July 2, 2024

 

Pet Safety Tips During the Summer

As you head on your outdoor adventures this summer, consider your pet’s safety as well!

Many of us consider our pets to be another member of the family. So, when it comes to safety, we can’t forget to think about our beloved animal companions. Keeping your family safe is a year-round task, but the summer season offers unique activities and situations to keep in mind. Before you and your pet(s) venture outside and enjoy the weather, consider these tips.

Safety starts with being aware and prepared!

Just as you might keep a first aid kit around for emergencies when traveling (or maybe a few band-aids in the glovebox), consider keeping a first aid kit for your furry friend! A first aid kit can come in handy in emergency situations and provide you with peace of mind. Here are a few items to consider as you stock your kit:

  • Spare leash/collar/harness/litterbox/can opener (if your pet eats canned food)
  • Collapsible water bowl
  • Bottled water to treat heatstroke or wash off toxins
  • Gauze for wounds and adhesive medical tape
  • Tweezers to remove foreign objects such as glass or ticks
  • Food/Treats to distract your pet
  • Important phone numbers and records (e.g., vet, emergency clinic, list of medications, etc.)

Consider the environment or activity.

When you head to the beach, you put on sunscreen. When you climb into a canoe, you strap into a life jacket. When you head on your outdoor adventures this summer, consider your pet’s safety as well!

If you have a water loving companion, consider purchasing a life jacket for them when boating or engaging in any water-based activity. Even if your dog is the next Michael Phelps, strong swimmers can still get fatigued, experience hypothermia or get caught in a current. A brightly colored life jacket will make your dog easier to spot in an emergency.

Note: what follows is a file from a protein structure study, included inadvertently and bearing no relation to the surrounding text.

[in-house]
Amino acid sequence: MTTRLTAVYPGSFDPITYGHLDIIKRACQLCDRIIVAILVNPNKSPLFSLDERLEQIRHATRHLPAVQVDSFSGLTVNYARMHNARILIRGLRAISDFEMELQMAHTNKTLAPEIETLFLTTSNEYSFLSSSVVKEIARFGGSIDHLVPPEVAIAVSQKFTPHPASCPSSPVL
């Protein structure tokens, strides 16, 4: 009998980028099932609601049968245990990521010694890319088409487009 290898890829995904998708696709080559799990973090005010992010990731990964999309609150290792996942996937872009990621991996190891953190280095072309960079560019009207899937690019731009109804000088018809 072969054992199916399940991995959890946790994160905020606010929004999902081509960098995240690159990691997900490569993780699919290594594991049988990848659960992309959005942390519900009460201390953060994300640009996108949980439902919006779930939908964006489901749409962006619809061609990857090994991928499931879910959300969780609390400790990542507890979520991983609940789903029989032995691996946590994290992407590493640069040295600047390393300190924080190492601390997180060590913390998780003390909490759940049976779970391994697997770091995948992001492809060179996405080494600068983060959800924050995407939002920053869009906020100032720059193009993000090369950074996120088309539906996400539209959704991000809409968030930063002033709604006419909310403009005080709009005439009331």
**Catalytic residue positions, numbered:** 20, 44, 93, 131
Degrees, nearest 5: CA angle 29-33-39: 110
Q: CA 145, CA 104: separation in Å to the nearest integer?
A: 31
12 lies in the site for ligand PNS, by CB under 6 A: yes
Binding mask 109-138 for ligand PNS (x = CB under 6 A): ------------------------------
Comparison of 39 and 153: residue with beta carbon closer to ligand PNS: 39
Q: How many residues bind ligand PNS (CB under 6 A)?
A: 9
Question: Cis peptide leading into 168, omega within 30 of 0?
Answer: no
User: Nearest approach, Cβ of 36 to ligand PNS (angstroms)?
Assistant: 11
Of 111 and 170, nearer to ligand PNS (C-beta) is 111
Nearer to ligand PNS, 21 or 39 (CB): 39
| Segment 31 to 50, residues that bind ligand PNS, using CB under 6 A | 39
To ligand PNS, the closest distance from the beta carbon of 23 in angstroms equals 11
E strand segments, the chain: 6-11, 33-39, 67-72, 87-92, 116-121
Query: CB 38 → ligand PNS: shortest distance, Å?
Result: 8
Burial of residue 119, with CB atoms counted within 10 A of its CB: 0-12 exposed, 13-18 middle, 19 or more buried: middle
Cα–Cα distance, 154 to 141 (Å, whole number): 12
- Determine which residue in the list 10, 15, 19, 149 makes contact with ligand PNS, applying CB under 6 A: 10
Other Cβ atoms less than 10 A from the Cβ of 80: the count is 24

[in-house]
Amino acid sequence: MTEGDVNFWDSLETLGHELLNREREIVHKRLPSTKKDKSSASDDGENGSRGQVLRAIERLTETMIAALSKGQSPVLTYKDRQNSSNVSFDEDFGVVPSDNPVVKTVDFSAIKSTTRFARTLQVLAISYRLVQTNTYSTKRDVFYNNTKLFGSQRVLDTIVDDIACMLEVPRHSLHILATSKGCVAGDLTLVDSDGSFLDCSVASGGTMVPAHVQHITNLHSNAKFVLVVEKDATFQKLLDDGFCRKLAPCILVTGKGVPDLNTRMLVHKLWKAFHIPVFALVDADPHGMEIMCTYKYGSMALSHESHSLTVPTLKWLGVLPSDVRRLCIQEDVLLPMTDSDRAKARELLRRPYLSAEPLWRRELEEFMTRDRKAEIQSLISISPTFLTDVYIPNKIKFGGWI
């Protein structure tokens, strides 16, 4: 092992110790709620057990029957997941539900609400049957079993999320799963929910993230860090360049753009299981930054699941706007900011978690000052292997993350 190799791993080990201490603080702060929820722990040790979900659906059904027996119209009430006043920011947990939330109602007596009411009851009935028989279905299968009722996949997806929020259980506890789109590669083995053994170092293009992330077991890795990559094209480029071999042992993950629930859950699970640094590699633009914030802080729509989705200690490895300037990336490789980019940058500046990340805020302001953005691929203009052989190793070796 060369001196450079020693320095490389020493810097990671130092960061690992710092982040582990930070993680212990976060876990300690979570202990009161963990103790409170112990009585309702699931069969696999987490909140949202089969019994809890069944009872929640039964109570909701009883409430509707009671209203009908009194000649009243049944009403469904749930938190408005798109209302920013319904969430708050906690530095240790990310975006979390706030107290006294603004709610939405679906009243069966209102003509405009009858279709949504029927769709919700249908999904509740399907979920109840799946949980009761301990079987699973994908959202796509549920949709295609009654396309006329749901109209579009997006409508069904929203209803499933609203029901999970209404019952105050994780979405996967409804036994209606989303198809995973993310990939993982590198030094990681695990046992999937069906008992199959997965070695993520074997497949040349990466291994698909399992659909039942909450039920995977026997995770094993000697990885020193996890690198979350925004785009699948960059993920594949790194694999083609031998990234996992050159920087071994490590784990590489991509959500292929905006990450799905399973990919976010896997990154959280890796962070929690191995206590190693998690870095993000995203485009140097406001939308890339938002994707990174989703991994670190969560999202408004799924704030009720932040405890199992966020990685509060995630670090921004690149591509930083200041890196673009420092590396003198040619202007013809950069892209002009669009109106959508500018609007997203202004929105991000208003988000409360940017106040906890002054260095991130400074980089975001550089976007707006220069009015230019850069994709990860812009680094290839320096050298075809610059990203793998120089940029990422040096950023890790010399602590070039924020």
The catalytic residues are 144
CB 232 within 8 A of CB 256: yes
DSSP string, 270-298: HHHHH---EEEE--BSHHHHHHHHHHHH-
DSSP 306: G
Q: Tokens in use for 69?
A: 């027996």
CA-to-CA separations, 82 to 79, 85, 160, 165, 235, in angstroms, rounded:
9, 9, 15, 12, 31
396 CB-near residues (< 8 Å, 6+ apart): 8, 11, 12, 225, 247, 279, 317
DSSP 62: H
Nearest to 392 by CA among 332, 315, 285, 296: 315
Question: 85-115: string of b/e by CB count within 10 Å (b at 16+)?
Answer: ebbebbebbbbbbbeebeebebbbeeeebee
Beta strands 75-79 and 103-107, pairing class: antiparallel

Love exploring the city with your dog or hiking to incredible views? They may love it too, but their paws may not. Scorching surfaces (like pavement) can cause discomfort, blisters, and burn a dog’s paw pads. This is especially true for puppies, who have sensitive young paws. According to the American Kennel Club, when the outside temperature is 86°F, the asphalt temperature registers 135°F —wow, that is hot!

Temperature test: To determine if the ground is too hot for your dog to walk on, place your hand (or bare foot) comfortably on the pavement for 10 seconds. If it is too hot for your hand, it’s too hot for your pooch’s paws. Try taking your dog on a walk in the early morning or late evening, when the ground has cooled and choose grassy or shady areas.

Safety is cool, heatstroke is not.

Burnt paws are not the only thing to be on the lookout for during hotter months. When dogs and cats are unable to regulate their body temperature, they begin to suffer from heatstroke. This generally happens when their body temperature is above 105°F.

Take precautions to protect your pets from heatstroke by always ensuring they have access to shade and water. Watch out for signs of heatstroke such as, heavy panting/difficulty breathing, fast heart rate, excessive drooling, vomiting, diarrhea, weakness or disorientation and reddened gums or tongue.

If your pet is exhibiting signs of heat stroke:

  1. Move your pet out of direct heat to a shaded area,
  2. Check for shock and take your pet’s temperature,
  3. If their temperature is 104°F or higher, begin cooling them down by spraying cool (not cold to avoid shock) water, fanning, and placing cool, water-soaked towels around (not over) your pet’s head, neck, feet, chest, and abdomen,
  4. Take your dog to the nearest veterinary hospital.

 

If you’re worried about memorizing these steps, the American Red Cross offers a free Pet First Aid mobile app that provides veterinary advice for a variety of emergencies as well as everyday pet care.

 

More pets go missing during the July 4th weekend than any other time of year.

With Independence Day around the corner, we would be remiss if we did not express the importance of keeping pets safe during this patriotic holiday. Consider putting an Airtag on your pet’s collar in case they get lost.  Check out other tips from the ASPCA on keeping your pet safe this Fourth of July.

 

Additional Resources:

This Week's Recipe from the American Heart Association

Mini Meatloaves with Low-Fat Creamed Spinach
Kayla Hsu

Authored By

Kayla Hsu, MPH, CHES®

Kinetiq Health Program Manager

As a Kinetiq Health Program Manager, Kayla provides businesses with customized health and wellness solutions to better manage and improve the overall health and well-being of their employees.

Meet Kayla